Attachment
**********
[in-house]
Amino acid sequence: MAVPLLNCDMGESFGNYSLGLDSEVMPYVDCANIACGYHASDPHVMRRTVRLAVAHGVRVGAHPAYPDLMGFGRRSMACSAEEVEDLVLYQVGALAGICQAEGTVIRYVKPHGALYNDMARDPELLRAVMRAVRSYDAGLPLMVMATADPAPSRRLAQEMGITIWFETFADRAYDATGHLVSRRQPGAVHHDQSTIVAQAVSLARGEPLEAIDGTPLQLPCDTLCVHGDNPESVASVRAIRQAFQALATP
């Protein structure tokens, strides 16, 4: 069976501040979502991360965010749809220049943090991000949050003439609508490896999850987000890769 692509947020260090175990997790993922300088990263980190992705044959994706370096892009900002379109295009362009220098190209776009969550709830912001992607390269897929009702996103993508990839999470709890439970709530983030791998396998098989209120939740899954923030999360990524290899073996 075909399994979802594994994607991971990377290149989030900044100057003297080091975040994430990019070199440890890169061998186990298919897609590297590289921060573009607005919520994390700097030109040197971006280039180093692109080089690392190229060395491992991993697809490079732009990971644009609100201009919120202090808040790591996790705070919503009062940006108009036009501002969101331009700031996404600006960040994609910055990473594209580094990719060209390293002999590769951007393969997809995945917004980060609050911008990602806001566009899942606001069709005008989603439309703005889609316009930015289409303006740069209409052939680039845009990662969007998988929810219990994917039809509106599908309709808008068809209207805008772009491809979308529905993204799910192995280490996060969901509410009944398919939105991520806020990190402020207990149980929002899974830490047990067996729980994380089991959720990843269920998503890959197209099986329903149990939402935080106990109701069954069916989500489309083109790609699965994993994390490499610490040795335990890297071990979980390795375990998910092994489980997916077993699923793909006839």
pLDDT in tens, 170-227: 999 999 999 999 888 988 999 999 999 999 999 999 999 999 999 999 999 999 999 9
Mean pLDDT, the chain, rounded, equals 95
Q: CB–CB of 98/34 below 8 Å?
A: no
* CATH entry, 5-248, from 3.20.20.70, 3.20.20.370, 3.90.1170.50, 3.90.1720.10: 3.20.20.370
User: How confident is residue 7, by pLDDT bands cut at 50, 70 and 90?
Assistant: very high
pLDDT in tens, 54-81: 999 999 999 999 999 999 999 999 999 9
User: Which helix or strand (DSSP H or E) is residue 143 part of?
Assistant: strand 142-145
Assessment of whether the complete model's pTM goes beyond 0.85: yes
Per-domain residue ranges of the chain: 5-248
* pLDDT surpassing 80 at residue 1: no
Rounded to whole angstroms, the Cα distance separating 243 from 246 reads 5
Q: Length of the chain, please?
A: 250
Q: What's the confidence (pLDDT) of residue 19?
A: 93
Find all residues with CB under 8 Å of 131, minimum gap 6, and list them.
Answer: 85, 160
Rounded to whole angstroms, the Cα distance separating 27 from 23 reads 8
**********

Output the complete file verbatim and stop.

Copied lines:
[in-house]
Amino acid sequence: MAVPLLNCDMGESFGNYSLGLDSEVMPYVDCANIACGYHASDPHVMRRTVRLAVAHGVRVGAHPAYPDLMGFGRRSMACSAEEVEDLVLYQVGALAGICQAEGTVIRYVKPHGALYNDMARDPELLRAVMRAVRSYDAGLPLMVMATADPAPSRRLAQEMGITIWFETFADRAYDATGHLVSRRQPGAVHHDQSTIVAQAVSLARGEPLEAIDGTPLQLPCDTLCVHGDNPESVASVRAIRQAFQALATP
């Protein structure tokens, strides 16, 4: 069976501040979502991360965010749809220049943090991000949050003439609508490896999850987000890769 692509947020260090175990997790993922300088990263980190992705044959994706370096892009900002379109295009362009220098190209776009969550709830912001992607390269897929009702996103993508990839999470709890439970709530983030791998396998098989209120939740899954923030999360990524290899073996 075909399994979802594994994607991971990377290149989030900044100057003297080091975040994430990019070199440890890169061998186990298919897609590297590289921060573009607005919520994390700097030109040197971006280039180093692109080089690392190229060395491992991993697809490079732009990971644009609100201009919120202090808040790591996790705070919503009062940006108009036009501002969101331009700031996404600006960040994609910055990473594209580094990719060209390293002999590769951007393969997809995945917004980060609050911008990602806001566009899942606001069709005008989603439309703005889609316009930015289409303006740069209409052939680039845009990662969007998988929810219990994917039809509106599908309709808008068809209207805008772009491809979308529905993204799910192995280490996060969901509410009944398919939105991520806020990190402020207990149980929002899974830490047990067996729980994380089991959720990843269920998503890959197209099986329903149990939402935080106990109701069954069916989500489309083109790609699965994993994390490499610490040795335990890297071990979980390795375990998910092994489980997916077993699923793909006839």
pLDDT in tens, 170-227: 999 999 999 999 888 988 999 999 999 999 999 999 999 999 999 999 999 999 999 9
Mean pLDDT, the chain, rounded, equals 95
Q: CB–CB of 98/34 below 8 Å?
A: no
* CATH entry, 5-248, from 3.20.20.70, 3.20.20.370, 3.90.1170.50, 3.90.1720.10: 3.20.20.370
User: How confident is residue 7, by pLDDT bands cut at 50, 70 and 90?
Assistant: very high
pLDDT in tens, 54-81: 999 999 999 999 999 999 999 999 999 9
User: Which helix or strand (DSSP H or E) is residue 143 part of?
Assistant: strand 142-145
Assessment of whether the complete model's pTM goes beyond 0.85: yes
Per-domain residue ranges of the chain: 5-248
* pLDDT surpassing 80 at residue 1: no
Rounded to whole angstroms, the Cα distance separating 243 from 246 reads 5
Q: Length of the chain, please?
A: 250
Q: What's the confidence (pLDDT) of residue 19?
A: 93
Find all residues with CB under 8 Å of 131, minimum gap 6, and list them.
Answer: 85, 160
Rounded to whole angstroms, the Cα distance separating 27 from 23 reads 8